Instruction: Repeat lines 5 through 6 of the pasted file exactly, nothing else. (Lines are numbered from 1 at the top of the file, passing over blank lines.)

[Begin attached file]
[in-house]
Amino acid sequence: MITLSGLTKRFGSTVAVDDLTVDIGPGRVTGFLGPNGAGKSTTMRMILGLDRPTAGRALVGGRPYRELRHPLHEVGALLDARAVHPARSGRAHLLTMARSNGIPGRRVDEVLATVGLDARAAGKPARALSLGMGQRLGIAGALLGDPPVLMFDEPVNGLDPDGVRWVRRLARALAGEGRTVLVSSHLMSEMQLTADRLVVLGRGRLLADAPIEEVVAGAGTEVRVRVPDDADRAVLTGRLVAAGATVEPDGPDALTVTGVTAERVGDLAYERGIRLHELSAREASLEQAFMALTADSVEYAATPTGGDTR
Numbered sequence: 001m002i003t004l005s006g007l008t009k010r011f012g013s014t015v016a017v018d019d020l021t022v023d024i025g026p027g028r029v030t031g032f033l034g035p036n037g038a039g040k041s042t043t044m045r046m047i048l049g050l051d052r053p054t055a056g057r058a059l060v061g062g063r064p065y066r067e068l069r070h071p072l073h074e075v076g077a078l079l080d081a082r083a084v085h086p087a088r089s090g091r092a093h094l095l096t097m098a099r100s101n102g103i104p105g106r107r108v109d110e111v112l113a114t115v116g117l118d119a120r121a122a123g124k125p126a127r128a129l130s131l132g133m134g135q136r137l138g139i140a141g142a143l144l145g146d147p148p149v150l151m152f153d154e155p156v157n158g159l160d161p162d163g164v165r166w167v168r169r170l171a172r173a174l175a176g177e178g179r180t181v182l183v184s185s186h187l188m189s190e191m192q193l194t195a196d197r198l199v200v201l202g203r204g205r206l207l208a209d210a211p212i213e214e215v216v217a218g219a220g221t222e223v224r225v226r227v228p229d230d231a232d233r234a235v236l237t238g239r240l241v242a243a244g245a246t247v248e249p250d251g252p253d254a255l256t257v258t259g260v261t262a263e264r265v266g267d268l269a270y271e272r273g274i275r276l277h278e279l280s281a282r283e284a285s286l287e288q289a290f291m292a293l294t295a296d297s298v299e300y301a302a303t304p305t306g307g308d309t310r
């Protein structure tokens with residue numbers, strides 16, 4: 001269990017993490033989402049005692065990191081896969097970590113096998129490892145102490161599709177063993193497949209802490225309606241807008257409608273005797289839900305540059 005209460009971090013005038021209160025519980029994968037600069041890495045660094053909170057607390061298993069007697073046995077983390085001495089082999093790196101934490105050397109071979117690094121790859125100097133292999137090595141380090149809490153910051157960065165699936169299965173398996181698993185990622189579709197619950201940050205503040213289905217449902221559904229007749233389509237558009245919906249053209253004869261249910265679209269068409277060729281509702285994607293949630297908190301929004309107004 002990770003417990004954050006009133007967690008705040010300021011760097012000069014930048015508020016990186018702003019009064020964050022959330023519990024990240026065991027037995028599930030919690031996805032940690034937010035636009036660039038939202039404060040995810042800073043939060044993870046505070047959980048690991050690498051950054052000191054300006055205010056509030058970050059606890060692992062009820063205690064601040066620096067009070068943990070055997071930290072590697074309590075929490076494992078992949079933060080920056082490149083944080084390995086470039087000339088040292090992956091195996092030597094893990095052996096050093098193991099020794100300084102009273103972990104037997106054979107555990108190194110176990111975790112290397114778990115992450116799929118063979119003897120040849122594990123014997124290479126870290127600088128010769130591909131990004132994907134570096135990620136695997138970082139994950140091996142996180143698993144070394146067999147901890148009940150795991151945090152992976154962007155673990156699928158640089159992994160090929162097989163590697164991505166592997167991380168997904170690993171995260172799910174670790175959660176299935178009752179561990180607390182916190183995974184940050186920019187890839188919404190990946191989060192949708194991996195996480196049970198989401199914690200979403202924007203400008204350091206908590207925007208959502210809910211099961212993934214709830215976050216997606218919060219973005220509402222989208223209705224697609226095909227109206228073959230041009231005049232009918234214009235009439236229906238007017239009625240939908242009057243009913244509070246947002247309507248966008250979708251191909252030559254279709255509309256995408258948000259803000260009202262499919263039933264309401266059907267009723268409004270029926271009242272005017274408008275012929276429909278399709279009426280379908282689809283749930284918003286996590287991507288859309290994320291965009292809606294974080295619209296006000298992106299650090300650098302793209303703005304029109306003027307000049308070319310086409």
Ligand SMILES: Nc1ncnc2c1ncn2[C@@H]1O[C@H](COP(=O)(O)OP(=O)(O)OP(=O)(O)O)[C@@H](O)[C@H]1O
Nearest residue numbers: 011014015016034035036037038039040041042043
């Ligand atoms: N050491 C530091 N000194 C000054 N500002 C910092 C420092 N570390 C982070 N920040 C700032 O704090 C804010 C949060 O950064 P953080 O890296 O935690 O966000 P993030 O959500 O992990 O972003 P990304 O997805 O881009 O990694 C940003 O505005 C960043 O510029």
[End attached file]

Ligand SMILES: Nc1ncnc2c1ncn2[C@@H]1O[C@H](COP(=O)(O)OP(=O)(O)OP(=O)(O)O)[C@@H](O)[C@H]1O
Nearest residue numbers: 011014015016034035036037038039040041042043